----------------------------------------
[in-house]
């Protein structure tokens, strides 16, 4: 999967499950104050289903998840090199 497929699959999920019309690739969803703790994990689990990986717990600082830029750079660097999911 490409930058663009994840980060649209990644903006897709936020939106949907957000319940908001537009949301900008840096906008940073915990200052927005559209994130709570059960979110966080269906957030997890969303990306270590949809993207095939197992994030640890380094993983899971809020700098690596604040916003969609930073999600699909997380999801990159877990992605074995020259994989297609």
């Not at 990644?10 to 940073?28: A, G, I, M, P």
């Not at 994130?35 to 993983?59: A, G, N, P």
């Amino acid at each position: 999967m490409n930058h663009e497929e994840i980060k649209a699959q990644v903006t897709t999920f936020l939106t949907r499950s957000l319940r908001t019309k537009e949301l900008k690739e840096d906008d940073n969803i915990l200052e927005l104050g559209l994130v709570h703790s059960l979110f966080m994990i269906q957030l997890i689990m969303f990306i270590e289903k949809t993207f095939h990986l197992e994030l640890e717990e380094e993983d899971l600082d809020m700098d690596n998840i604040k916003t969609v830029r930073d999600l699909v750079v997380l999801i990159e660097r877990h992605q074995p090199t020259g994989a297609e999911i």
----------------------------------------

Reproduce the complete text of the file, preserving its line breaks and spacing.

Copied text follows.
[in-house]
């Protein structure tokens, strides 16, 4: 999967499950104050289903998840090199 497929699959999920019309690739969803703790994990689990990986717990600082830029750079660097999911 490409930058663009994840980060649209990644903006897709936020939106949907957000319940908001537009949301900008840096906008940073915990200052927005559209994130709570059960979110966080269906957030997890969303990306270590949809993207095939197992994030640890380094993983899971809020700098690596604040916003969609930073999600699909997380999801990159877990992605074995020259994989297609």
């Not at 990644?10 to 940073?28: A, G, I, M, P």
């Not at 994130?35 to 993983?59: A, G, N, P």
């Amino acid at each position: 999967m490409n930058h663009e497929e994840i980060k649209a699959q990644v903006t897709t999920f936020l939106t949907r499950s957000l319940r908001t019309k537009e949301l900008k690739e840096d906008d940073n969803i915990l200052e927005l104050g559209l994130v709570h703790s059960l979110f966080m994990i269906q957030l997890i689990m969303f990306i270590e289903k949809t993207f095939h990986l197992e994030l640890e717990e380094e993983d899971l600082d809020m700098d690596n998840i604040k916003t969609v830029r930073d999600l699909v750079v997380l999801i990159e660097r877990h992605q074995p090199t020259g994989a297609e999911i």